The Rav spoke tonight about rejoicing at the downfall of our enemies as a way of achieving awareness of Hashem. But how do we understand the possuk בנפל אויבך אל תשמח, that when your enemy falls you shouldn’t be happy?
Rabbi Chamoula is asking a good question. It says בנפל אויבך אל תשמח – When your enemy falls do not be happy, ובכשלו אל יגל לבך – and when he stumbles your heart should not rejoice (24:17).
Your enemy in this possuk means your fellow Jew who has a bargain store across the street from you; he’s your competitor – that’s the enemy it’s talking about in this possuk. If he makes a mistake and buys merchandise which he cannot sell, don’t rejoice. The enemy also means the yeshiva man sitting across the aisle from you who is banging on his shtender and he’s saying pilpulim and you’re a quiet fellow who can’t make such a good show in the beis hamedrash. The enemy also means the man who finally married the girl who you wanted to marry. The enemy means the man in the shul who is being elected president instead of you. And suppose a man is sent to the amud by the gabbai to daven when you wanted to get the amud, and at the amud he makes a big mistake, don’t rejoice in his error. If your fellow yeshiva man makes an errror while saying a dvar Torah don’t rejoice. Don’t rejoice in that type of enemy’s discomfiture.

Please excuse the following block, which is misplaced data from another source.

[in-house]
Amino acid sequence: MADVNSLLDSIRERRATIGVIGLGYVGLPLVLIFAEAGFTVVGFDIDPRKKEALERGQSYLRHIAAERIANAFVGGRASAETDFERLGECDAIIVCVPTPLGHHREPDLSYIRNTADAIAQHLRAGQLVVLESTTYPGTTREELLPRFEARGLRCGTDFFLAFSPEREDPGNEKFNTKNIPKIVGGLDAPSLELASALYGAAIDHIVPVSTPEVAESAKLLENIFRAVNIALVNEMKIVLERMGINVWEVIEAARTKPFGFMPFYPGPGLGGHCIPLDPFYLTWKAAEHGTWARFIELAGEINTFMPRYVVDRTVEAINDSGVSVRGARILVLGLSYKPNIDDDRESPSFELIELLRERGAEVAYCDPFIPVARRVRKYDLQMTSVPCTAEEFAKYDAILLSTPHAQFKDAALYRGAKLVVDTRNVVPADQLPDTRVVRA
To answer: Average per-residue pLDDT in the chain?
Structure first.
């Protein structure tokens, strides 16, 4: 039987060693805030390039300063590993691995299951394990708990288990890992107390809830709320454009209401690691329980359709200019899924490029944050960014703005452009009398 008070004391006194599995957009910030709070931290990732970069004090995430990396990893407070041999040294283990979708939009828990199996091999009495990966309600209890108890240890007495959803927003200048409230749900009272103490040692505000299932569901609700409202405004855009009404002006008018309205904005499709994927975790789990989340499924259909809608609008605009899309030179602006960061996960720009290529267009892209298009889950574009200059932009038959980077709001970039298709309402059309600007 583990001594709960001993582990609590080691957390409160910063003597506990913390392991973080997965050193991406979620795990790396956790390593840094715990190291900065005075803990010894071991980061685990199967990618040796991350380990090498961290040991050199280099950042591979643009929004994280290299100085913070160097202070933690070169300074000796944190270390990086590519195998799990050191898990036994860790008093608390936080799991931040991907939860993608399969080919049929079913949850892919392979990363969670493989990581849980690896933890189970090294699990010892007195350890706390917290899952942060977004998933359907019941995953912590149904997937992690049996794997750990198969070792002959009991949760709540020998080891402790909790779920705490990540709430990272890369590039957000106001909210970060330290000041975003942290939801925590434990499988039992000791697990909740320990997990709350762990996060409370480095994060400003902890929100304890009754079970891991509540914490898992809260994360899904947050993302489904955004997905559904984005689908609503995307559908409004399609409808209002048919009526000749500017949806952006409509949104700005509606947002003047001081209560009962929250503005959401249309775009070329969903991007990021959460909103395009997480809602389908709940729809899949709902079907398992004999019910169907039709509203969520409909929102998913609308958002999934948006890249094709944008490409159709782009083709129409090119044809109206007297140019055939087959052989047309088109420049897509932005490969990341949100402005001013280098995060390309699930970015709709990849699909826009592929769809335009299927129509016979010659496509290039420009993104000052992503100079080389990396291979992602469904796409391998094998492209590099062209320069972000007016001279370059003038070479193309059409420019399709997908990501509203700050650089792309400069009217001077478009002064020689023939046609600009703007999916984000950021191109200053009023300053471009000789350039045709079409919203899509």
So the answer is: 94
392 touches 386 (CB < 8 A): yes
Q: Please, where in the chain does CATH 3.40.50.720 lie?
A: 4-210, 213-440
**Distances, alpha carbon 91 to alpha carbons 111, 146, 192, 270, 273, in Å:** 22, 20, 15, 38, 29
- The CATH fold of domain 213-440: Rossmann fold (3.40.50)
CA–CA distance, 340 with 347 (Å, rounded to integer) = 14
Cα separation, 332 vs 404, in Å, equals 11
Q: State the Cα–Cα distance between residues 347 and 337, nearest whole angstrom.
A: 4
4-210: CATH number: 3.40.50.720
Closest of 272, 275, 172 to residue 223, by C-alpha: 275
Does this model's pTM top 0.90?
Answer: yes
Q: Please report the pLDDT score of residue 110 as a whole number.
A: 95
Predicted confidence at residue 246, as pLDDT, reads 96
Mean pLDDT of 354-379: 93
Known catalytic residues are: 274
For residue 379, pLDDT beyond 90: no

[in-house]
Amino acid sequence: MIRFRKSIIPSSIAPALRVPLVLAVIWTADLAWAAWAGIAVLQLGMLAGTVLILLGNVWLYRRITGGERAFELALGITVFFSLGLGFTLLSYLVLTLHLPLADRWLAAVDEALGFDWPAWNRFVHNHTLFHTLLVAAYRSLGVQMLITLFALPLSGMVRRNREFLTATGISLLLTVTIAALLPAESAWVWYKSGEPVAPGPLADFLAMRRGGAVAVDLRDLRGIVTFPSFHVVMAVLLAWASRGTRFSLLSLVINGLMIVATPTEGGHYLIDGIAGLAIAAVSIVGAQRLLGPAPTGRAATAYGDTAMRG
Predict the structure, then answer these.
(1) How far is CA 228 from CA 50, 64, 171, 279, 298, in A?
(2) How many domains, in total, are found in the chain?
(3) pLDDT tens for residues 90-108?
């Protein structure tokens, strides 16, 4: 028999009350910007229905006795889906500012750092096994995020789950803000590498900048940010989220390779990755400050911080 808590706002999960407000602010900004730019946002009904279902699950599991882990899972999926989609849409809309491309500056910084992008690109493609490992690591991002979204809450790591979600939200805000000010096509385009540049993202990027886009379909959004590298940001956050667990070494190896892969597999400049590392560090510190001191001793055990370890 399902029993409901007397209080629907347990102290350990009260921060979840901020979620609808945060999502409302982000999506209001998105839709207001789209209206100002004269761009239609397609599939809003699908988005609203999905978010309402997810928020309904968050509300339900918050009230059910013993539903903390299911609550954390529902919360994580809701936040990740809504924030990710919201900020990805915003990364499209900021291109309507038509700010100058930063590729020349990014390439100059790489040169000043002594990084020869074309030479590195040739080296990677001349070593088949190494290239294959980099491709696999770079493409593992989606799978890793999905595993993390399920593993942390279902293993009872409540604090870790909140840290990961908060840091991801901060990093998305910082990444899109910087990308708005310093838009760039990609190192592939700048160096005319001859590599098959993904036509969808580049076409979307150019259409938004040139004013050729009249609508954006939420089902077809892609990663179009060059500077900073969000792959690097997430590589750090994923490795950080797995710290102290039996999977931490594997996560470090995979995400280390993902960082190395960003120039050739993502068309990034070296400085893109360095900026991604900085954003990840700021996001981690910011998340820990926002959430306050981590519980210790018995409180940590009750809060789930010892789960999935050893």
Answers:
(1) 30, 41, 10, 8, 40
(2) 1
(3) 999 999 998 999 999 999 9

But if the enemy is let’s say a wild man and he’s chasing you with a knife, and his intentions are as clear as could be; and as he’s running he trips and falls down. And to make it even better he falls on the end of the knife – the pointed end. And so, if you’ll jump up and down and you’ll yelp for glee, you’re doing nothing more than you’re expected to do. The possuk doesn’t apply to that. It doesn’t refer to resha’im gemurim, because there’s no question that it’s a mitzvah to rejoice at the downfall of the reshaim.
And not only to rejoice. If you were able to not only rejoice in this man’s downfall but you were able to knock him down yourself, and you yourself could put the dagger through him, it would be a big mitzvah. You’re saying you shouldn’t rejoice?! You should even put the dagger through him yourself! What’s the question about rejoicing there?! You have to know like we say in Yiddish: Vu ein vu ois – you have to know when to apply things. Just to make a blanket injunction and say don’t rejoice?! When Hitler took poison you shouldn’t rejoice?! When Haman was executed you shouldn’t rejoice?!
TAPE # 26